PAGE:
10 hours a day, as the rest of us will
have to do?" This In the face of the fact
that we had explained explicitly our
status as honorary members, and also
In the face of the fact that they (the
Commissioners) are not burdening them
selves with work, and that at least nine
men are already engaged at stated sala
ries ranging from $125 to 5150 per month
and expenses to go and do the work In
the state and at Buffalo.
The plea was made that there was no
space for a woman's exhibit; but a tele
gram from Mrs. Hamilton, president of
the Women's Board, states that no space
has been asked for. and as far as funds
nrn rnnnemed. the honorary members in
slsted and do now insist that, according
I . it. t..t Lin hut. Aaniirao
io me appropruiuuii um, "mtu u..iu.;a
' In section 7 that "all counties, districts
or individuals desiring to send articles to
j said exposition may do so by having the
same delivered in good order for ship
meat," etc, that the , commission have
exceeded their authority in eliminating
any department, for the only discretion
ary power given Is In regard to the qual
ity of an exhibit.
As matters are now arranged by the
commission, the department of mining and
lumber, In which certain Commissioners
are very greatly Interested, will be given
the Inside track, while some of the other
departments In which the people of the
state are equally Interested are to be ex
cluded; and there Is a general feeling that
the money which should be expended for
the state will be used in booming certain
The ladles of the commission presented
plans for a school exhibit, which would
help, as they thought, as much as any
other to set forth the status of the
state educationally, but, as has been
truthfully reported, their plans and rights
and they themselves were repudiated.
MRS. M. L. T. HIDDEN.
Honorary Member Pan-American Expo
Close View of Cnba.
Mr. C. R. Miller, editor of the New
York Times, writes to his paper from Ha
vana: My own Impression Is that In the end all
objections will be waived and the Piatt
amendment accepted. No one can pre
tend that the United Stites has not the
right and the duty to Impose upon the Cu
bans the conditions essential to Its own
peace and security. The possible range
lies between permanent military occupa
tion and dependency, at the one extreme,
and an independence as untrammeled as
that of Great Britain or Germany at
the other. It Is very plain that these dele
gates feel In their hearts that we have
Imposed conditions very much nearer the
latter extreme than the former; In fact,
that we hive been easy with them, very
much easier than Sir Alfred Mllner with
his "Irreducible minimum" demanded of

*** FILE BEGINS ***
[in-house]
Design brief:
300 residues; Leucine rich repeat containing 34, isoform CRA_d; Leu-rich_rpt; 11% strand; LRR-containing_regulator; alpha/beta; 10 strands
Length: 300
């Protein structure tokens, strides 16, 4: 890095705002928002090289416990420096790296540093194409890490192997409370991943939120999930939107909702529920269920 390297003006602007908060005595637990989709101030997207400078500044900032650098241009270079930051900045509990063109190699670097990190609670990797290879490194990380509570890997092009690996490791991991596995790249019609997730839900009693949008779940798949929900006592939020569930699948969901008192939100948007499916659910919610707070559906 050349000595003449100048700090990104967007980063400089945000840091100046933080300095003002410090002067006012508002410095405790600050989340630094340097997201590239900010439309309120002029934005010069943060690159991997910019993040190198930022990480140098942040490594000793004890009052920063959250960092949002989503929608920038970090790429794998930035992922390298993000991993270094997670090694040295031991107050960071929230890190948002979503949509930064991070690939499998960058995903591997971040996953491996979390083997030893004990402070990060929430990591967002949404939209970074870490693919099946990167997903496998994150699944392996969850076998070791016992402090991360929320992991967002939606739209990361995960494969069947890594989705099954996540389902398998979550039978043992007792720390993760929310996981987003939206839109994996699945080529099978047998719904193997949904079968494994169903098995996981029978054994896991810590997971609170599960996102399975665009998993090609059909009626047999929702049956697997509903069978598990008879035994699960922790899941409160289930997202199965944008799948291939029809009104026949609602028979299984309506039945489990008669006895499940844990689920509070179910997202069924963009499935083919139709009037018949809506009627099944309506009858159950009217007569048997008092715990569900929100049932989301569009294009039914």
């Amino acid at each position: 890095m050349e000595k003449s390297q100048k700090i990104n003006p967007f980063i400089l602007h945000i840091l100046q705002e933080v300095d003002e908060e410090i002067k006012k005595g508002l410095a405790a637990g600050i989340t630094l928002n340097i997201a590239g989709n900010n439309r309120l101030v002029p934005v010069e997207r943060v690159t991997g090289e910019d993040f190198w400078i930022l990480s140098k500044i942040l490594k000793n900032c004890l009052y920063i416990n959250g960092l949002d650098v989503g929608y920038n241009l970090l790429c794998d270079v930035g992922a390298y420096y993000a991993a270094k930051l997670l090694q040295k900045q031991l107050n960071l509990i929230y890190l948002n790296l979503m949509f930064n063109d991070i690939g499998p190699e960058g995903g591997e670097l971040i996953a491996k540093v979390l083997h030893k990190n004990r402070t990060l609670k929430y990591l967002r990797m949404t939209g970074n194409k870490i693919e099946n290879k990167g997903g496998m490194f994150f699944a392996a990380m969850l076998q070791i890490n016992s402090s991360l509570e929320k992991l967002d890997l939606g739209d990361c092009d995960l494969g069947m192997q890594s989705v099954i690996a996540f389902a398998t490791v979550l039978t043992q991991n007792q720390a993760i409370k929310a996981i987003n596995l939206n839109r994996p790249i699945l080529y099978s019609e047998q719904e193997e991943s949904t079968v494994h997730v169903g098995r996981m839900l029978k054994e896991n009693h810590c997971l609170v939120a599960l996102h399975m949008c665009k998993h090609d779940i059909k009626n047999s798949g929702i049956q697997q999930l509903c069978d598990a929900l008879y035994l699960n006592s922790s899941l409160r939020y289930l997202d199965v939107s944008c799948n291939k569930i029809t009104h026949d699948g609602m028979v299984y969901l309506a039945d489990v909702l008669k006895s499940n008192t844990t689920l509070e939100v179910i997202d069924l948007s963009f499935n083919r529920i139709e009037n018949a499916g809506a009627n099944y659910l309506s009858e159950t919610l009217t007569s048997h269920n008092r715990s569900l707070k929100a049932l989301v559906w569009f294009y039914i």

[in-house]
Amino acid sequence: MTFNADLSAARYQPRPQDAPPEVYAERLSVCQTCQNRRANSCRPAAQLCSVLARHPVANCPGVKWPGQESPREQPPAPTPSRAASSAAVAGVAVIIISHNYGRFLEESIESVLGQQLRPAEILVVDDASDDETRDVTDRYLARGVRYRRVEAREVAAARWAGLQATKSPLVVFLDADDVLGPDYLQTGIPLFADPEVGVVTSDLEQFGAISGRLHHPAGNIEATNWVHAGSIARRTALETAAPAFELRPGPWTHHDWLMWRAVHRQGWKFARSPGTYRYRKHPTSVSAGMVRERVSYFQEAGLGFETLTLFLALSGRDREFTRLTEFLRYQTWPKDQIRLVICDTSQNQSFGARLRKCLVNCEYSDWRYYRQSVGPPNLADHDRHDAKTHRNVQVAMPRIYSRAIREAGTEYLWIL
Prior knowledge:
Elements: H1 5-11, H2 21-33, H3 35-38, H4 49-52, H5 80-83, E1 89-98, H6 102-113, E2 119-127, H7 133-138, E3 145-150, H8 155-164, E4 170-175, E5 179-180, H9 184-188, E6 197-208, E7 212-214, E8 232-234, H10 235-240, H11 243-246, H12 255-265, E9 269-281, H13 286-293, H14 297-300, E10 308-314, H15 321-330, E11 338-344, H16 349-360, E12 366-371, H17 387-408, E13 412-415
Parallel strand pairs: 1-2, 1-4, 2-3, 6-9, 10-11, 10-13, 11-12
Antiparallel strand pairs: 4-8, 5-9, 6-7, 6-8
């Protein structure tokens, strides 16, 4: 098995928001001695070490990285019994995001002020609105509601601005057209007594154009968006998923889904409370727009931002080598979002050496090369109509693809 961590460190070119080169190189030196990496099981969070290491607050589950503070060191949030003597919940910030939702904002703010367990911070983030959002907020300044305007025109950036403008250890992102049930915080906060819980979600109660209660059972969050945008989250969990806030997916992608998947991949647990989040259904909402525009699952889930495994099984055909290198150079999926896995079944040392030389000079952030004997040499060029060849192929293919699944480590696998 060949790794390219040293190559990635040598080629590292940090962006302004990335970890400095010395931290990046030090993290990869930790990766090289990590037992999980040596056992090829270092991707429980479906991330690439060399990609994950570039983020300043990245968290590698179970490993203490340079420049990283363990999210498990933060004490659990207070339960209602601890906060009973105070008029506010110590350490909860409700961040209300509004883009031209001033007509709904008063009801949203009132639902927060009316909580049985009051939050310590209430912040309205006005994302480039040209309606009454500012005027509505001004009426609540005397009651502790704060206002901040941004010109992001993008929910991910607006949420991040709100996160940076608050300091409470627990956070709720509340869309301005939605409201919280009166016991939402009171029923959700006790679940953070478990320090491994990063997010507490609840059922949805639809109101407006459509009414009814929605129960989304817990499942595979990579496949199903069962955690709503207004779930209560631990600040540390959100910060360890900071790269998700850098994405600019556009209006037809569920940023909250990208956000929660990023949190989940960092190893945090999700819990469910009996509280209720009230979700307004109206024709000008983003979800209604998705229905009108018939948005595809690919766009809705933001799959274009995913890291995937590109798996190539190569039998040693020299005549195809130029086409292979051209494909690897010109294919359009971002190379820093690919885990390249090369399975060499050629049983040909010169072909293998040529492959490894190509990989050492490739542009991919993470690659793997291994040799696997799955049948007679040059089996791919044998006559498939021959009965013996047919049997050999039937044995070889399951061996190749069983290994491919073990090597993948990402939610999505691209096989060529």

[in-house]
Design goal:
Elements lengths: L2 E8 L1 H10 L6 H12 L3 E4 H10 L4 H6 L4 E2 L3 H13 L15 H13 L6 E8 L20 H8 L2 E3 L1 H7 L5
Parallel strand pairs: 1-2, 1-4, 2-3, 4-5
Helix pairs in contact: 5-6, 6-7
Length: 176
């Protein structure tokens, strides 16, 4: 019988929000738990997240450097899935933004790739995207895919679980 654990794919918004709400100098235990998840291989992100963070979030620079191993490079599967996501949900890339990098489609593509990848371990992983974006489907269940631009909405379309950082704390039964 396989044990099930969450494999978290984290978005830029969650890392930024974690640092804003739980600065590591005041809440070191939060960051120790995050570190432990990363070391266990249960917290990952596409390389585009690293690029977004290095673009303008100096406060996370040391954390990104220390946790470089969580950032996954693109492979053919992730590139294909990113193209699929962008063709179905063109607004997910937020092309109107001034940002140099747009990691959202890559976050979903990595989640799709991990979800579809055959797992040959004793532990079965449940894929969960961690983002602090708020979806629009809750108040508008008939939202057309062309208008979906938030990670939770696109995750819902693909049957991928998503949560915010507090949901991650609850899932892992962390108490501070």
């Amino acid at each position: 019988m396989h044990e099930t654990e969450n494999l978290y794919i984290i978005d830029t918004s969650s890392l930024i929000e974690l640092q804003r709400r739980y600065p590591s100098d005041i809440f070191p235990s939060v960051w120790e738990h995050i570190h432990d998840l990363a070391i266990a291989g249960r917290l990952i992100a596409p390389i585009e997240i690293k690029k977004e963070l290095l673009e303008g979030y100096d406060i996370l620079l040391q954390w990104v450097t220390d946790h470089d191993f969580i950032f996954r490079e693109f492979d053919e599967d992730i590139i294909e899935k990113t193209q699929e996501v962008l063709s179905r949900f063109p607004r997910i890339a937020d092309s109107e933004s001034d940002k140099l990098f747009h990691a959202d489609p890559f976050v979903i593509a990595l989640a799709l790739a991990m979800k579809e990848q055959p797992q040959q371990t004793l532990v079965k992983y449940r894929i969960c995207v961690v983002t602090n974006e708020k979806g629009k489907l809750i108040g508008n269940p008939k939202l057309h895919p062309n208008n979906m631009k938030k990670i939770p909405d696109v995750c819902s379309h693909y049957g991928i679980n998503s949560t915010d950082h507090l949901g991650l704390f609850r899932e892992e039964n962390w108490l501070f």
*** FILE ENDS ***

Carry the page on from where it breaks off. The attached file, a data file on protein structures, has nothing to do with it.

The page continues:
the Boers. Their arguments against the
third section, even, are transparently
faint-hearted. They seem to feel that
they are unable to make out a good case
either from point of view of our rights
or their interest. They say frankly that
they want no army, no navy. They know
perfectly well that their powerful neigh
bor will attend to their defense against
foreign aggression. They recognize the
correlative necessity of foregoing the right
to make war a3 one that we cannot ac
cord to them. Admitting all these things,
they must and do see that the conces-
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slons demanded by Congress are moderat
and do not transcend the limits of rea
sonable preparation for the duties we
assume and must put ourselves in a po
sition to perform. Unquestionably, too,
they feel misgivings about the stability
and successful operation of civil govern
ment by and for themselves without ex
ternal safeguards. The real substance
of their opposition Is that it hurts thrtr
pride to write themselves down children.
Rev. L. Cuyler In Christian Endeavor World.
The Bible puts a great premium on plod
ding. "Be not weary In well doing," "Ye
have need of patience," "Go to the ant.
thou sluggard; consider her ways, and be
wise." "Let patience . have her perfect
work." There is need in these days for
these sober counsels, for we live amid an
atmosphere of rush and hurry. Speed Is
more esteemed than safety, and the very
word "slow" Is often a term of reproach.
This rage for rapid money-getting, rapid
social advancement and fast living Is very
demoralizing. People will sit up till mid
night at a concert or a play or a party,
j but an instructive gospel discourse must
I V nut rfnwn tn th TTifniiti RAlffHrtn
be cut down to the minute! Religion
catches too often this prevailing fervor.
There Is an unwholesome demand for pul
pit sensations, hasty methods, superficial
church joinings, which end in a half-way,
halting and feeble piety. Younr friends,
I lovingly warn you against all this rail-
roading of our holy religion.